The next time Peeta broadcasts, it's especially disturbing for Katniss, but not as disturbing for Diss 13 when Peeta warns everyone that a bombing raid is not immanent, but imminent. The entire population, which is living underground anyway, descends to the very bottom level of their subterranean city, which has long been prepared for such a raid. The raid continues for three days, but no one is killed or harmed thanks to Peeta. After this, the powers that be in Diss 13 decide to go rescue Peeta, because without him, Katniss is useless. Some hero, huh? So the raid goes ahead, and as a distraction, Katniss finally pulls herself together long enough to record a brief "I'm alive" kind of message. The real hero this time is Finnick, and why they waited so ridiculously long to employ him is a mystery, because what he has is dynamite.

During his relationship with various people in the Capital, he has sucked up secret after secret about the people there, and now he unveils every last one of them, in particular ones he knows about Snow. Given that not one of these is described in the novel, they're going to have to invent a speech for him when Mockingjay is turned into a movie. These revelations are transmitted right at the time the raid is suppose dot go down in the capital as a distraction, and then there is a horrible wait until Finnick and Katniss get news: Peeta is safe. Gale, who went with the raid, is safe. Annie, Finnick's girlfriend who was held hostage by Snow just like Peeta was (Peeta, honestly?) is safe, and so is Johanna, who, being the only captive who actually knew anything about the rebels' plans, was tortured extensively.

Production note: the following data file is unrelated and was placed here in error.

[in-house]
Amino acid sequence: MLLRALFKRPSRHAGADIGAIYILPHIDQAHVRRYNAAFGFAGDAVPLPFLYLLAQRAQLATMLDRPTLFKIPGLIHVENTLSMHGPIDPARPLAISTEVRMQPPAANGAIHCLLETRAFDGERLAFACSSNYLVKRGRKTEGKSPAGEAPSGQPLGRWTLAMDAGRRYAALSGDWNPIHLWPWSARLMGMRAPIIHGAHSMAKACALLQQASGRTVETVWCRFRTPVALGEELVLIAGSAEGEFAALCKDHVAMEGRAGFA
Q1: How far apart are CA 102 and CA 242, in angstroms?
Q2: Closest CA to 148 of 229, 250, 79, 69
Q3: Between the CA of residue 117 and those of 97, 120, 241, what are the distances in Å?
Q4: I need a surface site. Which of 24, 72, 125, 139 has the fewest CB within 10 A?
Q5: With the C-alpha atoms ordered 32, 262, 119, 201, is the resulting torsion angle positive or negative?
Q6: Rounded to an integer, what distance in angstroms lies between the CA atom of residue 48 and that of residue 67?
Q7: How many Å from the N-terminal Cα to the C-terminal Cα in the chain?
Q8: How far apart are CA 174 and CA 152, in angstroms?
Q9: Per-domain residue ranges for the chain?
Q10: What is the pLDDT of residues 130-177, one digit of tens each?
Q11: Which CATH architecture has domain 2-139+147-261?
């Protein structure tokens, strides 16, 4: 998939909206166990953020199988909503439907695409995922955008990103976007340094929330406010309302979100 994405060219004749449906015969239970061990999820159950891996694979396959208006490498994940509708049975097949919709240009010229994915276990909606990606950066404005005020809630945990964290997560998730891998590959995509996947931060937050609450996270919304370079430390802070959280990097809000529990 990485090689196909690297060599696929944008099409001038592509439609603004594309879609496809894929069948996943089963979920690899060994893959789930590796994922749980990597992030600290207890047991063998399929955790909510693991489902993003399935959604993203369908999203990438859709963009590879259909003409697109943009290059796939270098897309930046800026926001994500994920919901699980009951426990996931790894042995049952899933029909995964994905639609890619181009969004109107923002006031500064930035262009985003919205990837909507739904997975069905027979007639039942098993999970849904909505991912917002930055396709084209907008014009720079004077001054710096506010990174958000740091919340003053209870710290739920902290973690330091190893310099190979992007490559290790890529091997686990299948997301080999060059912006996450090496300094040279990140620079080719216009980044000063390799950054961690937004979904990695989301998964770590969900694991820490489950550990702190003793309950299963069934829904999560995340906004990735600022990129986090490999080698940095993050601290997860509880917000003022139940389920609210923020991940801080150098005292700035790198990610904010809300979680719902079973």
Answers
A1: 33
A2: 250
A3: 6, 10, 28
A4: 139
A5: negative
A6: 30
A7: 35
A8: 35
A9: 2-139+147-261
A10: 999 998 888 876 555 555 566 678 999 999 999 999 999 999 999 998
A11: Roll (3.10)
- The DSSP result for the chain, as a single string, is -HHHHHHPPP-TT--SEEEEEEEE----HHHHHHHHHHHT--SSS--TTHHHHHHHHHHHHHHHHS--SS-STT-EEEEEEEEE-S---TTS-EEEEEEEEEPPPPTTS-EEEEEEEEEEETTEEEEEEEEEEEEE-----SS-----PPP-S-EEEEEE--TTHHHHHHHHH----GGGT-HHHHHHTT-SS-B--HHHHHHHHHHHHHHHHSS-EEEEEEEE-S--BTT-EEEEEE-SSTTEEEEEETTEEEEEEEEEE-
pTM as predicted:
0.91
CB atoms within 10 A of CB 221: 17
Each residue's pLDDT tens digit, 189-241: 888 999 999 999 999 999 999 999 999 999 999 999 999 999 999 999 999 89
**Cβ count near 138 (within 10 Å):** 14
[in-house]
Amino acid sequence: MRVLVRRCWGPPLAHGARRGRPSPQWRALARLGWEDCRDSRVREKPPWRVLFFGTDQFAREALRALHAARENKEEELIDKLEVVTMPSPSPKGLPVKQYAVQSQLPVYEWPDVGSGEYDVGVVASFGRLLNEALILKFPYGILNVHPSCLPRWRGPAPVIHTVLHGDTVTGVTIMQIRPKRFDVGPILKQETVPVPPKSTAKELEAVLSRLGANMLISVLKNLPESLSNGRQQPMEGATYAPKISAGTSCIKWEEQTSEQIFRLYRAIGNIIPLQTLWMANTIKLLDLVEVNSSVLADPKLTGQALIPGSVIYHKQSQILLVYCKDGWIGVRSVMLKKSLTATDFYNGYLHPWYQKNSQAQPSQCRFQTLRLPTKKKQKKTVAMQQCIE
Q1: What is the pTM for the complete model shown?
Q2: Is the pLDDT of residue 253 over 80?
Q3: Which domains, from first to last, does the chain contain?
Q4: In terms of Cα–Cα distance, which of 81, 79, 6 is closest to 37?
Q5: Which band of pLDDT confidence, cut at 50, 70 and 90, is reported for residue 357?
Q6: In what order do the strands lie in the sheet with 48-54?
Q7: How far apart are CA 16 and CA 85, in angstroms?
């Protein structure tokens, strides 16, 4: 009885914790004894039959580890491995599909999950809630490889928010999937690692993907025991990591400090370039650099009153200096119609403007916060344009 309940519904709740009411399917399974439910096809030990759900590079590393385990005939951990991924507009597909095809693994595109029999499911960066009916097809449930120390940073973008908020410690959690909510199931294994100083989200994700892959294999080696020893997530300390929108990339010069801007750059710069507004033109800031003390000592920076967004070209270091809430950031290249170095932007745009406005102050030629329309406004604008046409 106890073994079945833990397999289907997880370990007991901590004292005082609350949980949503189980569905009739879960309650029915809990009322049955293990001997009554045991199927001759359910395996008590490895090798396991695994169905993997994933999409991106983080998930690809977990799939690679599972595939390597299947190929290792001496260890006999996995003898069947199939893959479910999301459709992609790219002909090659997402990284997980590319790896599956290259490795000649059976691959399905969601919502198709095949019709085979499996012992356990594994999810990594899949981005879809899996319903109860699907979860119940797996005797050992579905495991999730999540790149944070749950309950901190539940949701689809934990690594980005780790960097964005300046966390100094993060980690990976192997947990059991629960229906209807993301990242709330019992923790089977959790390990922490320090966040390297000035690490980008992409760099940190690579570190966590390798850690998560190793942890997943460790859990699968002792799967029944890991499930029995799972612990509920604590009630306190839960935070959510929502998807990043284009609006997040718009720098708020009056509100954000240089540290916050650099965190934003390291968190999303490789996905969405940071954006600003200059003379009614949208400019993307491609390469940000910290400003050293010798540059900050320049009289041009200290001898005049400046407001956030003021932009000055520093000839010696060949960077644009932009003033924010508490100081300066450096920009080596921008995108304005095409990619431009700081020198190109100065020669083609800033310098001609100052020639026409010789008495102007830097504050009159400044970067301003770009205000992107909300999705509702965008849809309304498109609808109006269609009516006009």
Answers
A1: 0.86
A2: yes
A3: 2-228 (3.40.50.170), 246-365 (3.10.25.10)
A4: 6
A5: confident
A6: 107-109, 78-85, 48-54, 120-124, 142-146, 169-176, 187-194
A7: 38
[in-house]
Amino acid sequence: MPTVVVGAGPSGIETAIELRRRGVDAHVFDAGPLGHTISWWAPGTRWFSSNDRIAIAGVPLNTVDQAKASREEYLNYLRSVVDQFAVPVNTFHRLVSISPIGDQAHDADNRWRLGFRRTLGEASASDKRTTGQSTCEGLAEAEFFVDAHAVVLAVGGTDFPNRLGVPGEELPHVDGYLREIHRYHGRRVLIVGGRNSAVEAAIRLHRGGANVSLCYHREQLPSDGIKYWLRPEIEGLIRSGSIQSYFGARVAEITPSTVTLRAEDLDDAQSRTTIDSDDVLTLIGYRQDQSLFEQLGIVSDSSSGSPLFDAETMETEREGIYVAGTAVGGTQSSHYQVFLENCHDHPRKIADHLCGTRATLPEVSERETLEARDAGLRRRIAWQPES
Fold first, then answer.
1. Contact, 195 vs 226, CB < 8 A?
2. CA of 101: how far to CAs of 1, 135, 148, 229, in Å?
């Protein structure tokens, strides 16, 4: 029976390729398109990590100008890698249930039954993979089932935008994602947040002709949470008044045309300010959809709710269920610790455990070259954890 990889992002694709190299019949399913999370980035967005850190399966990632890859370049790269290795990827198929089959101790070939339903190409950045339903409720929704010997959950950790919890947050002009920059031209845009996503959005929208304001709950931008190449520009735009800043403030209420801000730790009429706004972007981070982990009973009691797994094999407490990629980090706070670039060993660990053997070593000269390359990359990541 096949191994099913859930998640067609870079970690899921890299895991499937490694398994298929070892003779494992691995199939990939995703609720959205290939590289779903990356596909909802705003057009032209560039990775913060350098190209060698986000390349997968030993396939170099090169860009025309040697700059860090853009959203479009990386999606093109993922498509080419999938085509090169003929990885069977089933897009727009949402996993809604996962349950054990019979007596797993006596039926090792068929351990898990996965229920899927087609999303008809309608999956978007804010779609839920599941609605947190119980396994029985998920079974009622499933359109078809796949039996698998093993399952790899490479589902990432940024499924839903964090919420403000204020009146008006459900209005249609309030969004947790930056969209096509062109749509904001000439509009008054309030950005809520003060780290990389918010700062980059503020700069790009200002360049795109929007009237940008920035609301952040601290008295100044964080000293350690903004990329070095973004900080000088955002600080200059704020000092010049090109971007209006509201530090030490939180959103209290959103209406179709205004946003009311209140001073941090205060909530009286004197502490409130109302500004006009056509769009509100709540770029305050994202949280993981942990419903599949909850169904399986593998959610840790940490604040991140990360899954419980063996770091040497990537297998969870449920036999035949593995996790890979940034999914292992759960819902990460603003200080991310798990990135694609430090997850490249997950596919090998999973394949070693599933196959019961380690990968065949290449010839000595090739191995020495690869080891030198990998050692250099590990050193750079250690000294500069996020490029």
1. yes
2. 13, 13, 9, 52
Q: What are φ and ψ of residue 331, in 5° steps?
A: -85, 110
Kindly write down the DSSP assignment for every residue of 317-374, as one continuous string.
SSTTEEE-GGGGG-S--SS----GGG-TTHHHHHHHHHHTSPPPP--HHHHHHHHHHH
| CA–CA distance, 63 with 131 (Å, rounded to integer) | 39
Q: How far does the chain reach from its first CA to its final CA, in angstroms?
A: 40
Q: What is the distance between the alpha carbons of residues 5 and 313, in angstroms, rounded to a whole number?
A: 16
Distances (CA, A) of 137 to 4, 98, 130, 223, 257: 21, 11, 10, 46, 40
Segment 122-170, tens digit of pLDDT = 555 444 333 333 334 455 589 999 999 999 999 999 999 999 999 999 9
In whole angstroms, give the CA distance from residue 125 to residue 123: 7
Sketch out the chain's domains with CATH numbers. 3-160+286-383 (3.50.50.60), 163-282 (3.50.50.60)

Now, freed from all harm that Snow can conjure up, Katniss needs to deliver as the Mockingjay. Unfortunately, since Peeta has been reprogrammed (using tracker-jacker venom) to hate Katniss, his first response uppon meeting her is to strangle her! So, Mockingjay on hold for few days, Katniss's hatred of Snow ratcheted up another couple of notches (not to be confused with nachos - ratcheting up a few nachos would be a bit weird).